Yesterday, two senators reintroduced controversial semi truck “speed limiter” legislation that they say will improve highway safety and save lives.
On Thursday, June 27, Senators Johnny Isakson and Chris Coons introduced S.2033, also known as the Cullum Owings Large Truck Safe Operating Speed Act of 2019.
The senators say that the law is designed to revive “a pending ‘speed limiter’ rule that has languished in the federal bureaucratic process for 10 years.”
According to a news release from Isakson’s office, the bill would “require all new commercial trucks with a gross weight of 26,001 pounds or more to be equipped with speed-limiting devices, which must be set to a maximum speed of 65 miles per hour and be used at all times while in operation. The maximum speed requirement would also be extended to existing trucks that already have the technology installed. Trucks without speed limiters will not be forced to retroactively install the technology.”
“The majority of trucks on our roads already have speed-limiting technology built in, and the rest of the technologically advanced world has already put them to use to ensure drivers follow safe speeds,” said Isakson. “This legislation would officially enforce a long-awaited speed limit of 65 mph on large trucks and reduce the number of preventable fatalities on our busy roadways.”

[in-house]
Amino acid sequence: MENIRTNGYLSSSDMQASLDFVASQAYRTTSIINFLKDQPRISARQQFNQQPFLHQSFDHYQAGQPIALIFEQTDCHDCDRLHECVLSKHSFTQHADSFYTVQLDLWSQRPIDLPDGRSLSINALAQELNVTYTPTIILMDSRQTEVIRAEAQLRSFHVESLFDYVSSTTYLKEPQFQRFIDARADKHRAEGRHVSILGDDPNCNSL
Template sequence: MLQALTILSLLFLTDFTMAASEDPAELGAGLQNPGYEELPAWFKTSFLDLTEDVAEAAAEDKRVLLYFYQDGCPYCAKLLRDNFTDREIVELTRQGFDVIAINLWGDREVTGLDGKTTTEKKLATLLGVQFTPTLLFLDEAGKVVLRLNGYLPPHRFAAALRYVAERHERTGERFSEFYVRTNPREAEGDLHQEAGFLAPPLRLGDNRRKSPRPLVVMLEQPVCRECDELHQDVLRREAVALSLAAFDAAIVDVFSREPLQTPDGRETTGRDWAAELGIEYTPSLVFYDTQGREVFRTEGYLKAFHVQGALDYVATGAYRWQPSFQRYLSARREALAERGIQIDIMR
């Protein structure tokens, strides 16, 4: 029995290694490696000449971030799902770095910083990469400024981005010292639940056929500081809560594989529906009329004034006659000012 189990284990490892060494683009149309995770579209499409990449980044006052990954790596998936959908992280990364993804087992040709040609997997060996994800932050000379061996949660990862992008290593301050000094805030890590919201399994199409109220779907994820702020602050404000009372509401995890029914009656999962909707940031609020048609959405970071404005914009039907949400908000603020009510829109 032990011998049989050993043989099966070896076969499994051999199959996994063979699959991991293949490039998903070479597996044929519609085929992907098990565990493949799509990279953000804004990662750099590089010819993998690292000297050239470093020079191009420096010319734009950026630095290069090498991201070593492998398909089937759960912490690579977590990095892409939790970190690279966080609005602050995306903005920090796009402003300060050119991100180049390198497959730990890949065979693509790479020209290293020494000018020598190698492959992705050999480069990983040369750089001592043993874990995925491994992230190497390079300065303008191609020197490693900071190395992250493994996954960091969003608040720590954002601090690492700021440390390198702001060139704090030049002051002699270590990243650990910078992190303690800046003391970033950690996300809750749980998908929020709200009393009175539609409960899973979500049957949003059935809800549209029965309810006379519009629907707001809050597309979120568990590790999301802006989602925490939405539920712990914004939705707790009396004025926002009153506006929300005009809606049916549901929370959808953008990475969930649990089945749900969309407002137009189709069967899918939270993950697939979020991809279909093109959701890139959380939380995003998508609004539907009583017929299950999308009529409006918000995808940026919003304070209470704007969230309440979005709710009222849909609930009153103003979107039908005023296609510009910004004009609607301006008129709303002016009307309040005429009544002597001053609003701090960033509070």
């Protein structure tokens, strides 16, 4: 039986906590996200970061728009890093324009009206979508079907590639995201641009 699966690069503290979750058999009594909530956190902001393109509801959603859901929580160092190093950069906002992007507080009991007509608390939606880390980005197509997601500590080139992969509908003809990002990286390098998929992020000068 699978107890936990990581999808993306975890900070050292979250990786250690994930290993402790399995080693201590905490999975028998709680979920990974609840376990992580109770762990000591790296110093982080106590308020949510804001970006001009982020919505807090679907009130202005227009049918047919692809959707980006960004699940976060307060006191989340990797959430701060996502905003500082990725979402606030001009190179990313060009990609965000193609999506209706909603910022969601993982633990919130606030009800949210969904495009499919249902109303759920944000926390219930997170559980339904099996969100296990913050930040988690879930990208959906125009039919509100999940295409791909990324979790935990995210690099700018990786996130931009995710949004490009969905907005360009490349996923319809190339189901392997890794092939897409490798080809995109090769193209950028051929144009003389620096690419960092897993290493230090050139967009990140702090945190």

The bill would also require the U.S. Department of Transportation to establish regulations to ensure that the speed limiter devices are accurate and effective at keeping trucks at the maximum speed limit within six months of the effective date of the bill.
In 2016, the DOT issued a proposal that would require speed limiters on any truck weighing more than 26,000 pounds. However, when Trump came into office, his administration chose not to pursue speed limiters and the proposal was withdrawn.
Groups endorsing the speed limiter bill include Road Safe America, Advocates for Highway and Auto Safety, Citizens for Reliable and Safe Highways (CRASH) Foundation, Parents Against Tired Truckers, the Trucking Alliance, the Truckload Carriers Association and the Truck Safety Coalition.